Sign up today to receive $25 off your $50 order!

Provide your email address today to receive:

  • Immediate access to our lowest catalogue sale prices
  • Gardening tips from our experts in Holland
  • First peek at our newest bulbs and perennials

Breck's respects your privacy. You can unsubscribe anytime.

Welcome to Breck's, click here to sign up for special offers from Breck's!
SHOPPING CART
0 Items $ 0.00
Welcome to Breck's, click here to sign up for special offers from Breck's!
Phone Order: (513) 354-1511
Call Us on Mobile
SHOPPING CART
0 Items $ 0.00
Product Quantity Price
Lifetime Guarantee

tulip
One of the visual problems with spring bulbs is the foliage that remains after bloom. The foliage can become unsightly after the beauty of the flower is gone. However, foliage should not be mowed off until it turns yellow and dies back naturally.

The foliage on the smaller bulbs such as snowdrops will die back rapidly and cause little problem. The foliage on the larger bulbs like tulips and daffodils will take several weeks to die back. Keep in mind that after flowering, the plant needs the green leaves to manufacture food (photosynthesis) that is stored in the bulb for next year’s growth. If you mow or remove the foliage too early, the plant can no longer manufacture nutrient reserves for next year. This results in a small, weak bulb which will gradually decline and die out.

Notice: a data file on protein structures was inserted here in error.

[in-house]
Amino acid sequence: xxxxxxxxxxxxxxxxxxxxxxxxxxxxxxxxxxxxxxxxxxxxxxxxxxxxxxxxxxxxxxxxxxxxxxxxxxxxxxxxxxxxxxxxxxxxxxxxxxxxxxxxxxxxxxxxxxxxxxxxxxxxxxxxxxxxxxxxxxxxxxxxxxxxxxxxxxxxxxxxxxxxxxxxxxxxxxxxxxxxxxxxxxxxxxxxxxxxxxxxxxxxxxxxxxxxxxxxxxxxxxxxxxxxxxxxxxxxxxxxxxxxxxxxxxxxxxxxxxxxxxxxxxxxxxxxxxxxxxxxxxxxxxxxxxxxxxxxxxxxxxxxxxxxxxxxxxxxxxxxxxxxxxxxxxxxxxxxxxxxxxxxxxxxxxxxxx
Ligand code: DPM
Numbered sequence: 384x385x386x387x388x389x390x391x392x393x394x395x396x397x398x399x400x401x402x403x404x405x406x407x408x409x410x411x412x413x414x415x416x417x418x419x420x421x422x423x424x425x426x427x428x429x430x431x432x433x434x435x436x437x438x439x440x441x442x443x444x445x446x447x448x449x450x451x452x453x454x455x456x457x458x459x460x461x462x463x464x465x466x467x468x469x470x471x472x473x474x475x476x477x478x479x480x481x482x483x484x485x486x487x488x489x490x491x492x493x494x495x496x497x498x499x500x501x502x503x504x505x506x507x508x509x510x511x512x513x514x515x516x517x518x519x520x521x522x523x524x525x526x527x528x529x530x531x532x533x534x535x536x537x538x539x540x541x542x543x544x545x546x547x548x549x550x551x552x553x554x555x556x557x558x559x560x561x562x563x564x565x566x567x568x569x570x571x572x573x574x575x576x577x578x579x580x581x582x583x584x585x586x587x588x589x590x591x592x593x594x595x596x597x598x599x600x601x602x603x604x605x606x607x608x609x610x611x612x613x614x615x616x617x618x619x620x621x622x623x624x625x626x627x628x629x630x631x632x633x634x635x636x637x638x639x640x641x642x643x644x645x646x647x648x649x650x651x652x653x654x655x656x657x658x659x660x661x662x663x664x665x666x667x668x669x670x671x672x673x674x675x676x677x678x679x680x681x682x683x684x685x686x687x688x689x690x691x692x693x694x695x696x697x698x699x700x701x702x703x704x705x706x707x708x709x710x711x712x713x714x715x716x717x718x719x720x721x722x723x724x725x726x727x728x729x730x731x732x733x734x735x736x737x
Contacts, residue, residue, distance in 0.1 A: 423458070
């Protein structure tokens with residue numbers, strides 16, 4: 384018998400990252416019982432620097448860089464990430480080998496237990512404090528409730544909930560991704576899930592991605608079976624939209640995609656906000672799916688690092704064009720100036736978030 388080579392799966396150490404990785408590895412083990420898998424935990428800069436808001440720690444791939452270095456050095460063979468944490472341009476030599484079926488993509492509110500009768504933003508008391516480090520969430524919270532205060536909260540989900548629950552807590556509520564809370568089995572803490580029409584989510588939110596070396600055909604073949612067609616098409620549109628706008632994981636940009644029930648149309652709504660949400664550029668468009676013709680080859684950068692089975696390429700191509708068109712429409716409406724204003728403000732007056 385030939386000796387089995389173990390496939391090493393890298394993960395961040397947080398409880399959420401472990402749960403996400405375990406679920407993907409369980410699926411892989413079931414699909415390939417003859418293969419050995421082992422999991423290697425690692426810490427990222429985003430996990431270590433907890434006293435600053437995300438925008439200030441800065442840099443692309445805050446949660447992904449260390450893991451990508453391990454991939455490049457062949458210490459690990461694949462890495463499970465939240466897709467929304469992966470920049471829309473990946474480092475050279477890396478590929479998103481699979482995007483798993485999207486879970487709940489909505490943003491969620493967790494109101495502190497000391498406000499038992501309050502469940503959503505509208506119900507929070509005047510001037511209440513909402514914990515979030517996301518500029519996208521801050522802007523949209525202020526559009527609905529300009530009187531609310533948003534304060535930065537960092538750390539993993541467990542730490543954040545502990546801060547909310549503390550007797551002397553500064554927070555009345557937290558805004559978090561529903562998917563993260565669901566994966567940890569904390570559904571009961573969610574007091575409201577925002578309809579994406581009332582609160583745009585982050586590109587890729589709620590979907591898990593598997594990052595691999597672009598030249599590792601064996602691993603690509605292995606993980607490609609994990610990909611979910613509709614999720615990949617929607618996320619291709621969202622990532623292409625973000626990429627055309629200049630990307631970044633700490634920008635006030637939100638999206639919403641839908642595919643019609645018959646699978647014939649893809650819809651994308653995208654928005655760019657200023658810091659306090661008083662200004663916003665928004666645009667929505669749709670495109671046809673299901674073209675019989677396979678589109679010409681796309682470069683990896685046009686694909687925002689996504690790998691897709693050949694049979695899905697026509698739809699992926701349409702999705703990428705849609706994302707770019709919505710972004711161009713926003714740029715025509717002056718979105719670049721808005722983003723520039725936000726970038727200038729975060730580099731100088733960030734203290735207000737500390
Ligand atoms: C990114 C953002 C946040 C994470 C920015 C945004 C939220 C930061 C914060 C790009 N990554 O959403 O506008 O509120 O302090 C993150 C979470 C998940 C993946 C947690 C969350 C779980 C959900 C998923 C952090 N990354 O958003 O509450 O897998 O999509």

There are several ways to divert attention from the yellowing bulb foliage. Interplant the bulbs in the spring using one or two colours of annuals. Place bulbs behind the plants on the front edge of a border planting. Plant taller flowering bulbs behind lower growing foreground shrubs. Plant bulbs with groundcovers and perennials like hosta or daylilies. Use your imagination when it comes to planting your bulbs and you can get creative enough to hide the dying foliage.




Have another question? Call Customer Service at 513-354-1511. Return to the Customer Service Help page or send an e-mail directly to Customer Service .

Close